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Egg, chicken prices up in Kisumu as hotels reopen



Egg traders in Kisumu. FILE PHOTO | NMG
Egg traders in Kisumu. FILE PHOTO | NMG 

The prospect of reopening Kenya’s economy is steadily causing a rise in food prices as western Kenya residents pay more for chicken and eggs.

Abisai Nandi, a poultry farmer in Kisumu, attributed the spike in prices to several hotels and restaurants resuming operations after months of closure to contain the spread of Covid-19.

A spot check by the Business Daily on Thursday established that most outlets sold a crate of eggs at Sh350 from between Sh280 and Sh300 last week while a 1.2 kilogramme of broiler sold at Sh500 from Sh400 as traditional chicken shot up by Sh200 to Sh800 in the same duration.

“In anticipation that the government is likely to lift the current restrictions and lockdown in Nairobi next week, most hotels have started placing their orders, creating a huge demand for the products,” he said.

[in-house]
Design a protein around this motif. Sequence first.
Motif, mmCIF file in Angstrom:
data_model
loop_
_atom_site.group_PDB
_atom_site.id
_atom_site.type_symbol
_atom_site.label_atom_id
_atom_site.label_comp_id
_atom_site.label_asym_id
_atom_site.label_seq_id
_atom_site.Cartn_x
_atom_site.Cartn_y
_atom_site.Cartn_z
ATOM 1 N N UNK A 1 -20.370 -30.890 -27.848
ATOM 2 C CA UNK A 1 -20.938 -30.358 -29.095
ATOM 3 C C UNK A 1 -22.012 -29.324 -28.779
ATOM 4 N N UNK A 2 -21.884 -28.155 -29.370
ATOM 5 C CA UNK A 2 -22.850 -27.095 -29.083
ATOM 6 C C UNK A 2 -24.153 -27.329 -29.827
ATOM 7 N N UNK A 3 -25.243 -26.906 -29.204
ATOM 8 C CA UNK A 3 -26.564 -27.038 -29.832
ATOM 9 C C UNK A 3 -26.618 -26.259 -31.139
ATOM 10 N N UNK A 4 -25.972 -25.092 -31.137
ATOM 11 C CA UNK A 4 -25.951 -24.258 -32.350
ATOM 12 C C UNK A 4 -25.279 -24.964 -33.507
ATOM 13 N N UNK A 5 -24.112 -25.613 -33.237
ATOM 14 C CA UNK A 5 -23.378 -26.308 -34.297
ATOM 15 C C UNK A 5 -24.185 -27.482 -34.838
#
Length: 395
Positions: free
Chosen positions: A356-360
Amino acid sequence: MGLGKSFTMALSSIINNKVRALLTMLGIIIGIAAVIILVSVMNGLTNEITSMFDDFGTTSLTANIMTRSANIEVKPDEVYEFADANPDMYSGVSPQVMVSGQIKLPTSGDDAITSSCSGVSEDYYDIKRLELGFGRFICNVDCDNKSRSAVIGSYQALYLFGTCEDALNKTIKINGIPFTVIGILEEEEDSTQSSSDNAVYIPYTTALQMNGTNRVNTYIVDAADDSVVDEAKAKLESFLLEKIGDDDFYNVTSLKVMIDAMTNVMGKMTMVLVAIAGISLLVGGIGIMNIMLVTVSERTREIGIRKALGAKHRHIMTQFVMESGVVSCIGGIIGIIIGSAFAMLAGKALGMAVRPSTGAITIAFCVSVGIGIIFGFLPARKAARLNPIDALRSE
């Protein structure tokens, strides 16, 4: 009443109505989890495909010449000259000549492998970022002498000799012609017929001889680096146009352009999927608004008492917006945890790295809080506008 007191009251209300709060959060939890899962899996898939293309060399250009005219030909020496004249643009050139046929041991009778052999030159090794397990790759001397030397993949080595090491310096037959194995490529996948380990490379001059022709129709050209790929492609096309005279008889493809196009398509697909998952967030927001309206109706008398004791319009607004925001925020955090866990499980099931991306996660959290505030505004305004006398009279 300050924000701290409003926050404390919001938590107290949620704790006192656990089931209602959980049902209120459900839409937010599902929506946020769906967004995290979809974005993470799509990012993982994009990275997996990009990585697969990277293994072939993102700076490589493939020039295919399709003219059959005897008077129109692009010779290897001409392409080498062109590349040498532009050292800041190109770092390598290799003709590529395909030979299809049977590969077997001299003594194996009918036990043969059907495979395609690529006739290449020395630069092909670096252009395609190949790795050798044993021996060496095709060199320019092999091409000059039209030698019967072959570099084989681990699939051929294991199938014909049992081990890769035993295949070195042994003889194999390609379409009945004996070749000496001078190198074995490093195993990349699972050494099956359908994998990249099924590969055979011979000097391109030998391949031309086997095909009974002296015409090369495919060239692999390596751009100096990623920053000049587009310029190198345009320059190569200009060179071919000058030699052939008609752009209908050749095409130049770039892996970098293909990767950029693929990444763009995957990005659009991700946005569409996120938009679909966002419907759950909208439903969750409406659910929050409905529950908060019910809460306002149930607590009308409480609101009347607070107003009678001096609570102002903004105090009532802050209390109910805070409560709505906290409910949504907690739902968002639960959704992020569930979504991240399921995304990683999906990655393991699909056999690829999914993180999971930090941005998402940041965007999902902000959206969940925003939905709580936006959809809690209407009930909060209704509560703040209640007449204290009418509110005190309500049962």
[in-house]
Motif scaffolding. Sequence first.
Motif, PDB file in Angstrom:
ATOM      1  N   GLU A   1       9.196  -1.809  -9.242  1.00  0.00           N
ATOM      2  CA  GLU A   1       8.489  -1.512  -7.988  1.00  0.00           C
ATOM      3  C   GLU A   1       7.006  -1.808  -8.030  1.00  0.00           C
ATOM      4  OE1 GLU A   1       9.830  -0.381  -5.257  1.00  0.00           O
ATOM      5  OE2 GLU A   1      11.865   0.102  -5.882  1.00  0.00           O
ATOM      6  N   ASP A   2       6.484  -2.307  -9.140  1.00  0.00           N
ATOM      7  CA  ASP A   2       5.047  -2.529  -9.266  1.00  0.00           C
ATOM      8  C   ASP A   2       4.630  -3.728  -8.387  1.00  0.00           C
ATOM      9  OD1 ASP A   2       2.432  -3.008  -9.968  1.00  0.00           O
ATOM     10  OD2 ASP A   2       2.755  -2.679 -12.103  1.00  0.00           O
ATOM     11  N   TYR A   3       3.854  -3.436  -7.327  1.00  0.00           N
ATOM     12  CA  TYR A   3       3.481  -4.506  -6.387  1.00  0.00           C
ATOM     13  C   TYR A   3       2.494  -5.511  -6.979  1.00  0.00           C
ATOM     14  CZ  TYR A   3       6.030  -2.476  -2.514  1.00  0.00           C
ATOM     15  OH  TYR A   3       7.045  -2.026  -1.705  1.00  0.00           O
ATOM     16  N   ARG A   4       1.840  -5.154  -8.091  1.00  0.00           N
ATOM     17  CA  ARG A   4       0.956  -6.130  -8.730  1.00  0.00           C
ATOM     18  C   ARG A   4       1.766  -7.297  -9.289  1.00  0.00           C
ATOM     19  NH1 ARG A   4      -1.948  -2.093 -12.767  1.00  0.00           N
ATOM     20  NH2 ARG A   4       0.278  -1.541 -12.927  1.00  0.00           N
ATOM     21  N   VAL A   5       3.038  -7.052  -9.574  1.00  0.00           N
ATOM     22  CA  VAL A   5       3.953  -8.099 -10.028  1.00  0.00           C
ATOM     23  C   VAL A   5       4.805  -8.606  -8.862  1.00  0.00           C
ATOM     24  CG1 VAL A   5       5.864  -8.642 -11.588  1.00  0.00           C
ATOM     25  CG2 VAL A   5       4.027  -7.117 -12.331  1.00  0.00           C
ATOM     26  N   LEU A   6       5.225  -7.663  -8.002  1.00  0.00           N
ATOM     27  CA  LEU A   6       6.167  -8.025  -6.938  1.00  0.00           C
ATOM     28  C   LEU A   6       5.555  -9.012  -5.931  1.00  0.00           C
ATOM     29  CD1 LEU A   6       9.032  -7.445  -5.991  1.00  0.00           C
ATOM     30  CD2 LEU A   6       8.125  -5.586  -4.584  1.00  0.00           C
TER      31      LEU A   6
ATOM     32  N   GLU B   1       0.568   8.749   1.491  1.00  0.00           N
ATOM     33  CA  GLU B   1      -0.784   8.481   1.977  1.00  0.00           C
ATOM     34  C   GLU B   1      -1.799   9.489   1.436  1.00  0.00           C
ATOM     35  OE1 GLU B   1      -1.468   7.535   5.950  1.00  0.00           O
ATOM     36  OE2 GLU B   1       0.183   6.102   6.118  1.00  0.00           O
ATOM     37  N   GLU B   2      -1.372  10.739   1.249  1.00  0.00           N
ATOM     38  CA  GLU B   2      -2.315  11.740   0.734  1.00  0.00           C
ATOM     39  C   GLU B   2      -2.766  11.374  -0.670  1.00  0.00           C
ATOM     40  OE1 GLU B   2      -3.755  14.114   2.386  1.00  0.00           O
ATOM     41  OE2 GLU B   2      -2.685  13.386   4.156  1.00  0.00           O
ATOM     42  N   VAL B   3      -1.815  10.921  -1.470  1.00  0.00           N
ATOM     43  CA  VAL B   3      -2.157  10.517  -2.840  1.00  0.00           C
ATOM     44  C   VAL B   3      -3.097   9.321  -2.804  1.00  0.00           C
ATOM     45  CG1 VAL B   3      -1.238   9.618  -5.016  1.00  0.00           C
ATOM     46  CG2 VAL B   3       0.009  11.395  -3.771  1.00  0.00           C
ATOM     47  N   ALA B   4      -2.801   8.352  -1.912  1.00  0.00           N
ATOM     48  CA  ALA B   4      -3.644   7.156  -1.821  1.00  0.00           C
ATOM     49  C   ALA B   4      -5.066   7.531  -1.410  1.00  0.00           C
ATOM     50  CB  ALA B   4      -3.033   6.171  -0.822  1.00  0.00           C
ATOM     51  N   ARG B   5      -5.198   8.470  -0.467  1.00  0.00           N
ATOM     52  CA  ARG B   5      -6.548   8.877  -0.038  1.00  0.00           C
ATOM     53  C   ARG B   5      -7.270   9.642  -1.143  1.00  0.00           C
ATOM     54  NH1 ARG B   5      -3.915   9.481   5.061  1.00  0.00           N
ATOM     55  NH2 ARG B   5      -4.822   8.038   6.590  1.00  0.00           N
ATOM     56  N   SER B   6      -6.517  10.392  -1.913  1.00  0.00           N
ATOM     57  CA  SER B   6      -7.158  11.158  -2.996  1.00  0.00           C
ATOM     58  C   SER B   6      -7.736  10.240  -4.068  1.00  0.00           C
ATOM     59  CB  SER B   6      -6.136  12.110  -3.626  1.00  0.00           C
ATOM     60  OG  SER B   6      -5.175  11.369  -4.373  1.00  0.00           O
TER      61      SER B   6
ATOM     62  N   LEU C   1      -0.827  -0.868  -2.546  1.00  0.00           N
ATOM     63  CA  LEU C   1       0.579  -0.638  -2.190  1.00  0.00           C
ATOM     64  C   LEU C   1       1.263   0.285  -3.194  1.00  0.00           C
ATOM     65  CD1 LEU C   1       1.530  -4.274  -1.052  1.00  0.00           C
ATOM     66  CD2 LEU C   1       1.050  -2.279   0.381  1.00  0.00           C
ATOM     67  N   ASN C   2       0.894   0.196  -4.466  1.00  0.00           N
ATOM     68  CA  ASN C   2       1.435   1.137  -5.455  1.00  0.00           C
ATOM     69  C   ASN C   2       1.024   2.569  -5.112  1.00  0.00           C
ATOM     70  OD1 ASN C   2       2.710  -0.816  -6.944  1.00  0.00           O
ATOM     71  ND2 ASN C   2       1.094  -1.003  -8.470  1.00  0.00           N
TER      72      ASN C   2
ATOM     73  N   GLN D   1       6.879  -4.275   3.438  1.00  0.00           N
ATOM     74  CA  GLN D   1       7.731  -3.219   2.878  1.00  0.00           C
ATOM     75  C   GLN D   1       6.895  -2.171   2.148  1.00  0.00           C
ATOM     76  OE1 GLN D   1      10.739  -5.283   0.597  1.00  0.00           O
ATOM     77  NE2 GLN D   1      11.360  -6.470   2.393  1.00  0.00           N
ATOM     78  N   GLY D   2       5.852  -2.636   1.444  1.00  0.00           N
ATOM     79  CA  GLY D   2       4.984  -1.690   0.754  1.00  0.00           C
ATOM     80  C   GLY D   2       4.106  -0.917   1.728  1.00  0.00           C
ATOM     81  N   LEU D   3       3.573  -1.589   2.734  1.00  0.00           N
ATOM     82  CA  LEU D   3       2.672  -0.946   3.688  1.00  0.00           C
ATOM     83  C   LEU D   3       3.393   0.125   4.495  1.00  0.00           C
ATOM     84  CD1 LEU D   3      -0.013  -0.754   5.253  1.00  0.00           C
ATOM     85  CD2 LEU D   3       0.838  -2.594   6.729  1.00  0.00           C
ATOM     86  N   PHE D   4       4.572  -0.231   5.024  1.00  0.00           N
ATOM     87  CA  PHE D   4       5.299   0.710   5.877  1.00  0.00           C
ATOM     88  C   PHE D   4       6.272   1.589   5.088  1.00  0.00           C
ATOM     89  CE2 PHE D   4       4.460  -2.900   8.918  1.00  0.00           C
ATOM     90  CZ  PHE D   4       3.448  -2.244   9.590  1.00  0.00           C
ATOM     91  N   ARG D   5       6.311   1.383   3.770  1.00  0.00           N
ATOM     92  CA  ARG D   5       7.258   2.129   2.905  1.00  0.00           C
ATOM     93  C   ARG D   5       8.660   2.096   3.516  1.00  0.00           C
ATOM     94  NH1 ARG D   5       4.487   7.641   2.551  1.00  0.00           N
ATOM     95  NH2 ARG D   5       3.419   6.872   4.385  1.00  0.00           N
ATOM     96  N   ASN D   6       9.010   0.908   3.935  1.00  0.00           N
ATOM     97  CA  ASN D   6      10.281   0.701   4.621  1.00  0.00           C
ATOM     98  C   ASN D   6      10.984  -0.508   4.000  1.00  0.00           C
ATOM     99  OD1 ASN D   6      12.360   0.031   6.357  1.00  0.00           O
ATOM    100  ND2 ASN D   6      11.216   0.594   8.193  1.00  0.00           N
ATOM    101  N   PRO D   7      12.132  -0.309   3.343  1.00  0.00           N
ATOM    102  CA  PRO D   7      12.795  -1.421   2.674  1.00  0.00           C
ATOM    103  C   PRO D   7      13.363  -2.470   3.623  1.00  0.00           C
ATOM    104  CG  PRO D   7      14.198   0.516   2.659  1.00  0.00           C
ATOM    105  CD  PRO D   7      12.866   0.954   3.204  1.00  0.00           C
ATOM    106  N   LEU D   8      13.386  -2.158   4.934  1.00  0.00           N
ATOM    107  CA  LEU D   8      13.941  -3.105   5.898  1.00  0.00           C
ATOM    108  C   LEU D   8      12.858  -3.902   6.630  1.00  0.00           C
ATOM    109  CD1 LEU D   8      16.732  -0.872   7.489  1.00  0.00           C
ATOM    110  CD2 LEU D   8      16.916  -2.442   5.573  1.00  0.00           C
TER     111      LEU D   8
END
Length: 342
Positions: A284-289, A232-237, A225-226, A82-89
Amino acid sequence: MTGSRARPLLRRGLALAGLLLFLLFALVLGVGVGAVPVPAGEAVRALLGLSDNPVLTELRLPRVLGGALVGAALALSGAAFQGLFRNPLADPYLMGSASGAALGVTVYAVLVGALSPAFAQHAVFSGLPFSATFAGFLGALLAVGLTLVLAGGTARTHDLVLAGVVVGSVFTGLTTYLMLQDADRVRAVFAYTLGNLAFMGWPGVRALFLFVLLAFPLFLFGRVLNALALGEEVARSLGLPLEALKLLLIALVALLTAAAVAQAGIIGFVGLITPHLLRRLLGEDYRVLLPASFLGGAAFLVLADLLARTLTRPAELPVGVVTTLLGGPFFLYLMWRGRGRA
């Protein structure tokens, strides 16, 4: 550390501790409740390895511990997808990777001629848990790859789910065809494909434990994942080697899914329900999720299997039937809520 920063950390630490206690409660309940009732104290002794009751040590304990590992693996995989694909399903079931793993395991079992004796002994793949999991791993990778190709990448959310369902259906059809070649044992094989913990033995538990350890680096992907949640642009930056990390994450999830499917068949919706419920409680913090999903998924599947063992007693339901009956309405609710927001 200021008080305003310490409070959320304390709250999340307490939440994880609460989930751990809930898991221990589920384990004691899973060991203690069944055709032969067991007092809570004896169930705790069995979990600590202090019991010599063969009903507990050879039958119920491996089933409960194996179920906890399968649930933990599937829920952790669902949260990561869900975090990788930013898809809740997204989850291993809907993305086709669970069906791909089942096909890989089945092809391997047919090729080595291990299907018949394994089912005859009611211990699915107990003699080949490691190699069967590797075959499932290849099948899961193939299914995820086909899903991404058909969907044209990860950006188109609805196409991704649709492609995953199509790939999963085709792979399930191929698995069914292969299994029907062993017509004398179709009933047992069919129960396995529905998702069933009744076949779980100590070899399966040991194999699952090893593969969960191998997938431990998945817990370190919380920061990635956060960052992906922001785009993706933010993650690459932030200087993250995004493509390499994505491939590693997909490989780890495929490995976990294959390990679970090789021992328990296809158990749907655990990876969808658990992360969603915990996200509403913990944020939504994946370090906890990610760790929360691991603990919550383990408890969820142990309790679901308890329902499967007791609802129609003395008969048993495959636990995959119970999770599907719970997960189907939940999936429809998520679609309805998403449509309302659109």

Mr Nandi said western Kenya, which is mostly supplied by farmers from Naivasha and Nakuru, is now forced to look inwards following the closure of Kenya-Uganda border.

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Western Kenya has been relying on Uganda to bridge a huge supply deficit of chicken and eggs but since the closure of the border, dealers have had to struggle to find supplies.

Unlike their Ugandan counterparts, Mr Nandi pointed out, that Kenyan poultry farmers do not enjoy subsidies that lower the cost of inputs such as feeds, making their production expenses higher resulting in expensive products for the consumers.

When Kenya announced its first confirmed Covid-19 case, a majority of chicken farmers experienced huge losses after hotels closed suddenly.

“The uncertain event caused most farmers to stop rearing chicks for meat and eggs while the few available are now being shared with hoteliers who are making a comeback after months of being out of business,” said Mr Nandi.

He cautioned that the prices could further increase in the coming weeks due to a shortage of chicken.

The proprietor of Chicken Basket farm says he currently has an order of about 10,000 chickens, which he is yet to supply.

He appealed to the government to provide financial support to poultry farmers to enhance their capacity to produce more chicken as a way of boosting food security.

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